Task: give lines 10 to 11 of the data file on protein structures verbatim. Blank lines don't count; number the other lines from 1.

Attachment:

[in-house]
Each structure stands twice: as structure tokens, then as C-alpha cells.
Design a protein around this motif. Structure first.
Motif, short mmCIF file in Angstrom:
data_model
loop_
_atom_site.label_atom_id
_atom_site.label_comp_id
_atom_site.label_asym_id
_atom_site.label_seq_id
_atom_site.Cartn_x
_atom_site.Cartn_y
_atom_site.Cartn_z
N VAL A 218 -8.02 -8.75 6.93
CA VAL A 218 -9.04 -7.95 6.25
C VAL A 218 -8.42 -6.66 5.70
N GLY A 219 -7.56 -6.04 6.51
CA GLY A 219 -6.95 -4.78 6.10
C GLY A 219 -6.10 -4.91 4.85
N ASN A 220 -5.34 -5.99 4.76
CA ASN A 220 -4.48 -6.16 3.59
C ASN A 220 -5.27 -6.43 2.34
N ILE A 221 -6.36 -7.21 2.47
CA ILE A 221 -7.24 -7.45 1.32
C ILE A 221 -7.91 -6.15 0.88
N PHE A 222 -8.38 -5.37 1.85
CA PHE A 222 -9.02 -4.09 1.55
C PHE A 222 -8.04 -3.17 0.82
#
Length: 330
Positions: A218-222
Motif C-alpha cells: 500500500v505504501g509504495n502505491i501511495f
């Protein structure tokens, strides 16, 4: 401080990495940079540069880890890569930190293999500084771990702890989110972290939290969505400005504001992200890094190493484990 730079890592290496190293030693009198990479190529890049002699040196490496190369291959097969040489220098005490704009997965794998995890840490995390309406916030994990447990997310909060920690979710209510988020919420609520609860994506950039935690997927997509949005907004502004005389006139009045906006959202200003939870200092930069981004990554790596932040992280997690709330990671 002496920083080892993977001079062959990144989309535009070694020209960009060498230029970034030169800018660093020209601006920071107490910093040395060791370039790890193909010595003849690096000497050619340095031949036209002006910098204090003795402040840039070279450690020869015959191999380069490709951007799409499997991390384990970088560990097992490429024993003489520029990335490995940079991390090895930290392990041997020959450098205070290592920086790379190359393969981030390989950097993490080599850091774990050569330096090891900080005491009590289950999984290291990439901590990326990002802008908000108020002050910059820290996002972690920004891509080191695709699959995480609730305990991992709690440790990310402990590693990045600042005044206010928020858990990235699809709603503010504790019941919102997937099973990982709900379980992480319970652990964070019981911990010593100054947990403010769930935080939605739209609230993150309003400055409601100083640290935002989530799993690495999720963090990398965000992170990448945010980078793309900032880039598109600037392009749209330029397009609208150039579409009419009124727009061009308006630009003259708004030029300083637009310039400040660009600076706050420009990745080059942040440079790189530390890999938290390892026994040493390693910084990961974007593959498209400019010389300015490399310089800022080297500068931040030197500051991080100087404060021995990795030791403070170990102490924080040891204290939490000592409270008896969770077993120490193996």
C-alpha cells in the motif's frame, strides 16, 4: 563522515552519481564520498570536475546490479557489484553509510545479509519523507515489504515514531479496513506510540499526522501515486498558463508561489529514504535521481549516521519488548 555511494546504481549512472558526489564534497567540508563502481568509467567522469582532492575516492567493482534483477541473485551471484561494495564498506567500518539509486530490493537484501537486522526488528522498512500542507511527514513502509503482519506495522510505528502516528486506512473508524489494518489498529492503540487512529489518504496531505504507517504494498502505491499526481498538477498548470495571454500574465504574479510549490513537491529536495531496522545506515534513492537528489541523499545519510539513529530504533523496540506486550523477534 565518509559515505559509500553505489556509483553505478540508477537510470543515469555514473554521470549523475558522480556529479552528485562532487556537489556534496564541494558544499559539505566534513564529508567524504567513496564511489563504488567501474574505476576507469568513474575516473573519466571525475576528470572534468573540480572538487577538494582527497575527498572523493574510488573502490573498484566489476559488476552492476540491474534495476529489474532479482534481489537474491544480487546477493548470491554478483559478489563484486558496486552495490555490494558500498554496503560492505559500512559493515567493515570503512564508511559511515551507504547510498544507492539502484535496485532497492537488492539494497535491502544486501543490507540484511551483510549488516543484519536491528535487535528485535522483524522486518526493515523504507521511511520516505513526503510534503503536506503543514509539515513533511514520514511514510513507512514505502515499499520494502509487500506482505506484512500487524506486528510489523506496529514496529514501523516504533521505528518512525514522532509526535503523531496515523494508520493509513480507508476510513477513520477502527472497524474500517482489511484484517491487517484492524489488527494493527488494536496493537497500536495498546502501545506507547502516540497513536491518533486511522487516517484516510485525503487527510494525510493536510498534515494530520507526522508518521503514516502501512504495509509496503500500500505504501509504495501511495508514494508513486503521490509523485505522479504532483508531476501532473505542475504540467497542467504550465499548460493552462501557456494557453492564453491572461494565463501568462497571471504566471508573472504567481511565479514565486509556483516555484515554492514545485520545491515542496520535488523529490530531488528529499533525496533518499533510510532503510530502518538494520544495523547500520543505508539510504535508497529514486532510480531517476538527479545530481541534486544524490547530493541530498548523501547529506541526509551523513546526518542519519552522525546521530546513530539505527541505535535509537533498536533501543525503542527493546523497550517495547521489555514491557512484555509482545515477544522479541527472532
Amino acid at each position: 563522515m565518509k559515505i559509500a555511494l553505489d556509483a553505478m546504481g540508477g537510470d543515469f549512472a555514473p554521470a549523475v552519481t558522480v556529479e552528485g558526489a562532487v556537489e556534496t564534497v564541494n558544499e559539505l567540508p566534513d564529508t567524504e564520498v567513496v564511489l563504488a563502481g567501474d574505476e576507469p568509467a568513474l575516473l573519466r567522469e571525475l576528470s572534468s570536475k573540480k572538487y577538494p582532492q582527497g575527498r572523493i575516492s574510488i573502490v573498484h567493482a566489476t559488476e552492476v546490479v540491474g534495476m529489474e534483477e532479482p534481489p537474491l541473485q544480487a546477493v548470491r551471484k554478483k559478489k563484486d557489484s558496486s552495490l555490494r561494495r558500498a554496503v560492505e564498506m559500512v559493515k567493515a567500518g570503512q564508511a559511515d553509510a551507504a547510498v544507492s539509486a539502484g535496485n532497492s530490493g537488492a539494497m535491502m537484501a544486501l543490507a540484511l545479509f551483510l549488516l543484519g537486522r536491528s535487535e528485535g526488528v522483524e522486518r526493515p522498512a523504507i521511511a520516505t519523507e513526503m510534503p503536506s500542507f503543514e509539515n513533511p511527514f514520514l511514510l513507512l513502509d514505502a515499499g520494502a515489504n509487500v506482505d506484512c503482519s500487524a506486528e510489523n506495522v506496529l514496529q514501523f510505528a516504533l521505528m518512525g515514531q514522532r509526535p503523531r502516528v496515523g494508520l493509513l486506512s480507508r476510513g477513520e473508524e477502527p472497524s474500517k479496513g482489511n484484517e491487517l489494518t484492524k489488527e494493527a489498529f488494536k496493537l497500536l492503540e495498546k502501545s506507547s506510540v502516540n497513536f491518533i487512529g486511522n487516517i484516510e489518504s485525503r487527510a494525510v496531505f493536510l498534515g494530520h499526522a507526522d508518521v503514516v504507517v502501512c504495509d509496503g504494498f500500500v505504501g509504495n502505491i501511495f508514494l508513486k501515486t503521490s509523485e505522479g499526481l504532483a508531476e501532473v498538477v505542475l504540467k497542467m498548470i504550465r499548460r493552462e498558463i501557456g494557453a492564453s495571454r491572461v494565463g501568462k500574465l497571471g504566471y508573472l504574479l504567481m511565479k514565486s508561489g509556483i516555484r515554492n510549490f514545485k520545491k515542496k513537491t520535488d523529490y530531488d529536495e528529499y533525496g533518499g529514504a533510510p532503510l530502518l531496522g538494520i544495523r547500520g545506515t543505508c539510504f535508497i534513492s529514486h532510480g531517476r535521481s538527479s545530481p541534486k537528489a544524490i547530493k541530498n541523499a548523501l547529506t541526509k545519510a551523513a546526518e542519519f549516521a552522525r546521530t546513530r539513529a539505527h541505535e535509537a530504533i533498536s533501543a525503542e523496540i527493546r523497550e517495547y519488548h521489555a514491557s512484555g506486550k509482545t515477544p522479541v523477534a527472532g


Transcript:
_atom_site.label_seq_id
_atom_site.Cartn_x